After submitting several college applications that cost between $35 and $50 each, prospective student Alexandra Sossi was pleasantly surprised to learn that at Washington and Jefferson College, a small school in Pennsylvania, she could apply for free.
"It kind of takes a load off, since you have all the other costs coming up—the AP and SAT tests, and then looming college loans," says Sossi, who's now a senior at Washington and Jefferson. "It was nice to know I didn't have to pay for the application as well."
College applications can get pricey, but many universities offer a free way to apply. Find out if there's a way you can save costs, too:
1. If you're Web-savvy: Students, like Sossi, who apply online can score free application submissions at many colleges. In addition to Washington and Jefferson College, the numerous institutions that waive application fees for online applicants include Upper Iowa University, Millikin University, Juniata College, Kettering University, York College of Pennsylvania, Drake University, Smith College, Barry University, and Mercyhurst College.
Often, schools advertise the fact that they waive application fees for online applicants. As you're exploring the websites of colleges you're considering, keep your eyes peeled for a money-saving application option.
2. If you have a connection: At some schools, being a relative or friend of a graduate can get you a free application. At Western New England University in Massachusetts, for instance, students can apply for free if they have a parent or grandparent who attended or if they're are able to secure a letter of recommendation from another grad.
"It's not a huge benefit in terms of [finances], but it's more symbolic," says Charles Pollock, the school's vice president for enrollment management. "If their parent or grandparent is an alum, it's the legacy of continuing forward."
If a relative's or friend's alma mater sounds like it might be a good fit for you, too, check to see if their backing will allow you to apply for free.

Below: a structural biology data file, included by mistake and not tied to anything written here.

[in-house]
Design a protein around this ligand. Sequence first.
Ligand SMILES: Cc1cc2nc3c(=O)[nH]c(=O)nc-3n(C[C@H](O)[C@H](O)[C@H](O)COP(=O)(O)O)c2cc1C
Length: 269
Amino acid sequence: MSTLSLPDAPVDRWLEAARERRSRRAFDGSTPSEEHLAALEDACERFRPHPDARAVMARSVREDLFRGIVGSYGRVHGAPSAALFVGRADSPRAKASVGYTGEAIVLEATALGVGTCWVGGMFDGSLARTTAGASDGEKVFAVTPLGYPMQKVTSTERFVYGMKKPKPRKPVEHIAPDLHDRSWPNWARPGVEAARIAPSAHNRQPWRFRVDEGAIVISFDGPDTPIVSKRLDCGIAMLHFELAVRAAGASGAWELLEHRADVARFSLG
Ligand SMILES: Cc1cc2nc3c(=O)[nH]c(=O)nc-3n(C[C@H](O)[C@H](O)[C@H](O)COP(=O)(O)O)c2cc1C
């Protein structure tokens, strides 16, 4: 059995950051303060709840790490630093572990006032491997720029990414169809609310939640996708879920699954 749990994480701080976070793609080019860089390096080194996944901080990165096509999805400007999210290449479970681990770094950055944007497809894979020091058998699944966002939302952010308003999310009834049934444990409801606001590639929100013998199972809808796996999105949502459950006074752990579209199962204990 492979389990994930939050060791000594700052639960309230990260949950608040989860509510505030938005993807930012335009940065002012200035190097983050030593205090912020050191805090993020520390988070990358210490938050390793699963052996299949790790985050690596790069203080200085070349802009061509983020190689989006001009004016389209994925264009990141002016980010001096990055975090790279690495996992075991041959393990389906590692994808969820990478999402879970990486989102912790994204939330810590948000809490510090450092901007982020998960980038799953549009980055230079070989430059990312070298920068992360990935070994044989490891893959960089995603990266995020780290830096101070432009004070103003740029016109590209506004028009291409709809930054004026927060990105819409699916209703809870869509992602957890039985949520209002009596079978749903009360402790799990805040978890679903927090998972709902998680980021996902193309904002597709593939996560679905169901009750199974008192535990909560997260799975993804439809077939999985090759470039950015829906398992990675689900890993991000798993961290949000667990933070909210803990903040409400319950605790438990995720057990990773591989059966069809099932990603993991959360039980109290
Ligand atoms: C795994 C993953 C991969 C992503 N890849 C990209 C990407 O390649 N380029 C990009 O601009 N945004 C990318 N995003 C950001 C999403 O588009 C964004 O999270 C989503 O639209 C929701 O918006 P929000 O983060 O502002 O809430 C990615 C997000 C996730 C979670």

3. If you take a road trip: Sometimes, just showing up can mean the difference between applying for free or getting stuck with a charge. At Alfred University, for example, school officials not only want to encourage face-to-face interaction, they want to show their appreciation to families who make the trek to upstate New York, says Cory Unis, the college's director of admissions.
But don't just drop by campus hoping to pick up an application fee waiver. Some schools, including Maryland's McDaniel College, require students to schedule and complete an official college visit through the Office of Admissions before taking home a free pass. When planning your college visits, do some research beforehand to make sure you don't miss out on an opportunity to get a waiver.
[Get more tips on making college visits.]
4. If you have financial need: Don't let tight finances keep you from your college dreams. Of the 1,800 colleges U.S. News surveyed in 2012, 1,300 reported that they will waive the application fee for students who demonstrate financial need, including Dartmouth College, Johns Hopkins University, and the University of Colorado—Boulder.
With proof of financial need, students may be able to secure fee waivers from the National Association of College Admission Counseling, and students who have received an SAT/ACT fee waiver can apply for free passes from the College Board. Students can also go to guidance counselors at their high schools for help; at schools such as Dickinson College in Carlisle, Pa, a fee waiver signed by a counselor grants a free application.
"Your new best friend is your college guidance counselor—there's no one more important in your life right now," notes Sarah McGinty, author of The College Application Essay. "I would say to any student: Make that appointment and get yourself in there and say, 'Here's my financial situation.'"
[Get tips on paying for college.]
5. If you simply apply: At some colleges, there are no requirements standing in students' way of a free application. Millsaps College in Jackson, Miss., for example, charges no students to apply.